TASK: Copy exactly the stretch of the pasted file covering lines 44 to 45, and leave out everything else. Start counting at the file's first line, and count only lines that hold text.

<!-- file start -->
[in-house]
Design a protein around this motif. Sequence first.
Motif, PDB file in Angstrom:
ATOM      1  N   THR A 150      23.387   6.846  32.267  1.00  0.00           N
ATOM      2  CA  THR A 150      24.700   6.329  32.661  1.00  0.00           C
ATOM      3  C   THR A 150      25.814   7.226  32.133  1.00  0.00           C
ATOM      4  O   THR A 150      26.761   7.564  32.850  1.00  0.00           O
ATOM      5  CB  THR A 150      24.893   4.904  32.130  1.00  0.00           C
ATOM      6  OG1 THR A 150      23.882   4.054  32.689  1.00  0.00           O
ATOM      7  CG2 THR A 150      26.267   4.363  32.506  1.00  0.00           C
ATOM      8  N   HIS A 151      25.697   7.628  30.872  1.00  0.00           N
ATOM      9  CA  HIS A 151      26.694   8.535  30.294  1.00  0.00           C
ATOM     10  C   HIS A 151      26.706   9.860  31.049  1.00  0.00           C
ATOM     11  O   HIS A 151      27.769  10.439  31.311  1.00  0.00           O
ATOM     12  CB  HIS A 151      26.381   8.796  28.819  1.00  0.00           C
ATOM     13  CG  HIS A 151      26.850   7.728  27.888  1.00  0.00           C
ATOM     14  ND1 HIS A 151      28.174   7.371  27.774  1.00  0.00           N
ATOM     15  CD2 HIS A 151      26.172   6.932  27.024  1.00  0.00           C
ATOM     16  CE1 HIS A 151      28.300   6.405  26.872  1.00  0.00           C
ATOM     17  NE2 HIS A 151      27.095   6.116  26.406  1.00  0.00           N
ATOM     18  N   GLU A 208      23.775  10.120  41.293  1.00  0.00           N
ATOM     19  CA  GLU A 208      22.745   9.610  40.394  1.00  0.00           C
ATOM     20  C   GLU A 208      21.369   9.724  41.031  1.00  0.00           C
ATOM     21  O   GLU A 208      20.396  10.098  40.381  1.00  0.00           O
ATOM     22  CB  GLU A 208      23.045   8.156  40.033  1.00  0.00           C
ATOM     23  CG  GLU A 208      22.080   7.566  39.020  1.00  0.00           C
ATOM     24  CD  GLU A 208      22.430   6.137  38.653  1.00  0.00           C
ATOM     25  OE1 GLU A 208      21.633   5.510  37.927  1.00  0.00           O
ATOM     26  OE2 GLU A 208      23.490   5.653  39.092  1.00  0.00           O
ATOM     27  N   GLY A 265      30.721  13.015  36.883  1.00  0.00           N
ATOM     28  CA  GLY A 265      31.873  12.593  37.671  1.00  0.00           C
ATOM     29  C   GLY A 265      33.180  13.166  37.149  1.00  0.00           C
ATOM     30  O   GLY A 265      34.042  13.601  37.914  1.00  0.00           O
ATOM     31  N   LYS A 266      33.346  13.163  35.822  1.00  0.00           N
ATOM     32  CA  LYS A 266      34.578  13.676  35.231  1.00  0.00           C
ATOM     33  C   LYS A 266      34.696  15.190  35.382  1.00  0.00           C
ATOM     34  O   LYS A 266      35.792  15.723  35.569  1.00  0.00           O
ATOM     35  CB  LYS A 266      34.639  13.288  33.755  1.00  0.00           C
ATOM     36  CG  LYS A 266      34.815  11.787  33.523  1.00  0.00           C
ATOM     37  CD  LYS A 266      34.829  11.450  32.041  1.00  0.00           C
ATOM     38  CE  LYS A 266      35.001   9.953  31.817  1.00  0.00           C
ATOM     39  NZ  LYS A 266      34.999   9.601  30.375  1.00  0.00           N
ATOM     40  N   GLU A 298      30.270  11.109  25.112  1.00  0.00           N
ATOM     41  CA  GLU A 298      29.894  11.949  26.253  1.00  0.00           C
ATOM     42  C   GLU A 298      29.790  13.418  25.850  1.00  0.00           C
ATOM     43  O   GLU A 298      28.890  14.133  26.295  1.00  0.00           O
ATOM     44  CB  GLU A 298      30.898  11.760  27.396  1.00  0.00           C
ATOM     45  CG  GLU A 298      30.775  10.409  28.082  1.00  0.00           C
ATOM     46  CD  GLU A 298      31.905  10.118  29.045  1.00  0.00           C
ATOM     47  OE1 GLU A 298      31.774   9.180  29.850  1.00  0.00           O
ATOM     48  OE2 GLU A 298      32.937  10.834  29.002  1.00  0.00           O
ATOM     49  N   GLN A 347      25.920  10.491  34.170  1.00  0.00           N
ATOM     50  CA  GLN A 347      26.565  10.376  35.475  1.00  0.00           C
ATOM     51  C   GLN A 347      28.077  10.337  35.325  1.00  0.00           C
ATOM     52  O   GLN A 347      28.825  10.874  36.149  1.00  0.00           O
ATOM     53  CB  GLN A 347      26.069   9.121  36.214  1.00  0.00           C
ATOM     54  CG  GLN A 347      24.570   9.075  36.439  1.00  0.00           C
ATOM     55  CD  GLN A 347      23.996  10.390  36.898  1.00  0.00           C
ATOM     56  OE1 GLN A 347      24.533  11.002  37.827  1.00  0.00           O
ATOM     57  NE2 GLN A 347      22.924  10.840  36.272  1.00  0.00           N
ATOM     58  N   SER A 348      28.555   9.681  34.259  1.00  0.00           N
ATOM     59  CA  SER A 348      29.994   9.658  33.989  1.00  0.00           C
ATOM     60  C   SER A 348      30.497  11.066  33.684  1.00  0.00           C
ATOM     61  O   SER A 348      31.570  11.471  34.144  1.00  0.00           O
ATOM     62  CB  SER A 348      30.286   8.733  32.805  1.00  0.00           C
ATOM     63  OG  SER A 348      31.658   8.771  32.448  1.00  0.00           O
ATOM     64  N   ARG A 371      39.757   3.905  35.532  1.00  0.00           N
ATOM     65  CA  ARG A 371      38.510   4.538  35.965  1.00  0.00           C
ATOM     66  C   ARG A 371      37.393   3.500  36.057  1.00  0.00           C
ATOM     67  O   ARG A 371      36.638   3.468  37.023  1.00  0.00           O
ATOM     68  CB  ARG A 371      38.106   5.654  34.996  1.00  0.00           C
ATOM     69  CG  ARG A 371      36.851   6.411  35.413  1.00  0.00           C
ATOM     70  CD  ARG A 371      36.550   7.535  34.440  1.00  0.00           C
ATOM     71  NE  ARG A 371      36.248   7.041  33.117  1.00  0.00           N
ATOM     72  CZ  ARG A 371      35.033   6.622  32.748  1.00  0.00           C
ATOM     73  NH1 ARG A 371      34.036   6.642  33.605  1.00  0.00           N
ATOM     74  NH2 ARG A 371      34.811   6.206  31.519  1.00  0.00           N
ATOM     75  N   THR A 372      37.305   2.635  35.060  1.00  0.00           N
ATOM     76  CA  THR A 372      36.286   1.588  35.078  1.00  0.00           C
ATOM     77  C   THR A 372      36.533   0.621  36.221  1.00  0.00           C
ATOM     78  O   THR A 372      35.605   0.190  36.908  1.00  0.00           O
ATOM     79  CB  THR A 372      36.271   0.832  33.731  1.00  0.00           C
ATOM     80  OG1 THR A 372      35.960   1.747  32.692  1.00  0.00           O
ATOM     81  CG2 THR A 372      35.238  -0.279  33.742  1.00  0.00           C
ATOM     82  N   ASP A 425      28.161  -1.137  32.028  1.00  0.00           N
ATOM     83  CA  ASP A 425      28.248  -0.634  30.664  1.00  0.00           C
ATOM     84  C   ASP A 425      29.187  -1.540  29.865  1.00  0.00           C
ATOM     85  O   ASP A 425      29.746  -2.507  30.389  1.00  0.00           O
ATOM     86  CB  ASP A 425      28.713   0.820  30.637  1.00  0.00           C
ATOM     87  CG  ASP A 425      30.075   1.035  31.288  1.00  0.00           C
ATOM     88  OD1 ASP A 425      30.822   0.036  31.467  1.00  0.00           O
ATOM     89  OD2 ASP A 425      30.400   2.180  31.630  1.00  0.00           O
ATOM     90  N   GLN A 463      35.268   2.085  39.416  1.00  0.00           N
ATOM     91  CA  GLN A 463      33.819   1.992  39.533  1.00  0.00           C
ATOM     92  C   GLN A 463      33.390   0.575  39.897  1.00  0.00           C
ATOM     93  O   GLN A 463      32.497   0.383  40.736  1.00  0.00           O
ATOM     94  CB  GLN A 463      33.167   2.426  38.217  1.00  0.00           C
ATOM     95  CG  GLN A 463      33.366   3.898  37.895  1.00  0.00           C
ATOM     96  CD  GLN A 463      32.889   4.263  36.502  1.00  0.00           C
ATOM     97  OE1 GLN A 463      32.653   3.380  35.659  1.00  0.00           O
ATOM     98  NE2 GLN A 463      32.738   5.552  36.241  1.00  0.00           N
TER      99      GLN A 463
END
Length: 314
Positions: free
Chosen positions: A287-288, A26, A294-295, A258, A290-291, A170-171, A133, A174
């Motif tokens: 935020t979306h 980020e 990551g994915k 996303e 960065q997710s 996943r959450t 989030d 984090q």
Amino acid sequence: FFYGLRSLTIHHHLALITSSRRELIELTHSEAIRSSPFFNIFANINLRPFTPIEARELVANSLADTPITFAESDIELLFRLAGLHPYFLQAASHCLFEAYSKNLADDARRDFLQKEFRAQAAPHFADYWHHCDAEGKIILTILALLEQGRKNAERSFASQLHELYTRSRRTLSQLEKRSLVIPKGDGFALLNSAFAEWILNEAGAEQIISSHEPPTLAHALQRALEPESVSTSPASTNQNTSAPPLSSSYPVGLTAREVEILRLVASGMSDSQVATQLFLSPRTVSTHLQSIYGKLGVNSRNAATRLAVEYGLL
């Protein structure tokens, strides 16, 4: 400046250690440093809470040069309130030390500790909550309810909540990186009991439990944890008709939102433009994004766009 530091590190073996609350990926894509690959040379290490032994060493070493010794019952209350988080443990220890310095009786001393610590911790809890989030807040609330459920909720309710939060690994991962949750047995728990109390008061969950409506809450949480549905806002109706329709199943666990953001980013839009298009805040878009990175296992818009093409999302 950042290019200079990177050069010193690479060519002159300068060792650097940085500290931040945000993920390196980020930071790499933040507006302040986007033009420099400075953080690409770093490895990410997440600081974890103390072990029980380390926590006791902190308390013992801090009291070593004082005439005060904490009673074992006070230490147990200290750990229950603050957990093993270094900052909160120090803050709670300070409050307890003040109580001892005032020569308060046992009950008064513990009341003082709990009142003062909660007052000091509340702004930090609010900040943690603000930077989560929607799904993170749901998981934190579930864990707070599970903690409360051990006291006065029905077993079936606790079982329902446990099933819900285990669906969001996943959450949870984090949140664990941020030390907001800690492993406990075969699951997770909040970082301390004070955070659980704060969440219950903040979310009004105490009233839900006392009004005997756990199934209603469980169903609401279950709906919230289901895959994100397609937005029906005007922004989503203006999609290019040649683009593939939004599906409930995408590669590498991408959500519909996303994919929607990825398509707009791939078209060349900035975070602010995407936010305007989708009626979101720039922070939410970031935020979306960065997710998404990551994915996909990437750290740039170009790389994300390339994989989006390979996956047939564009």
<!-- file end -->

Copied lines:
ATOM     41  CA  GLU A 298      29.894  11.949  26.253  1.00  0.00           C
ATOM     42  C   GLU A 298      29.790  13.418  25.850  1.00  0.00           C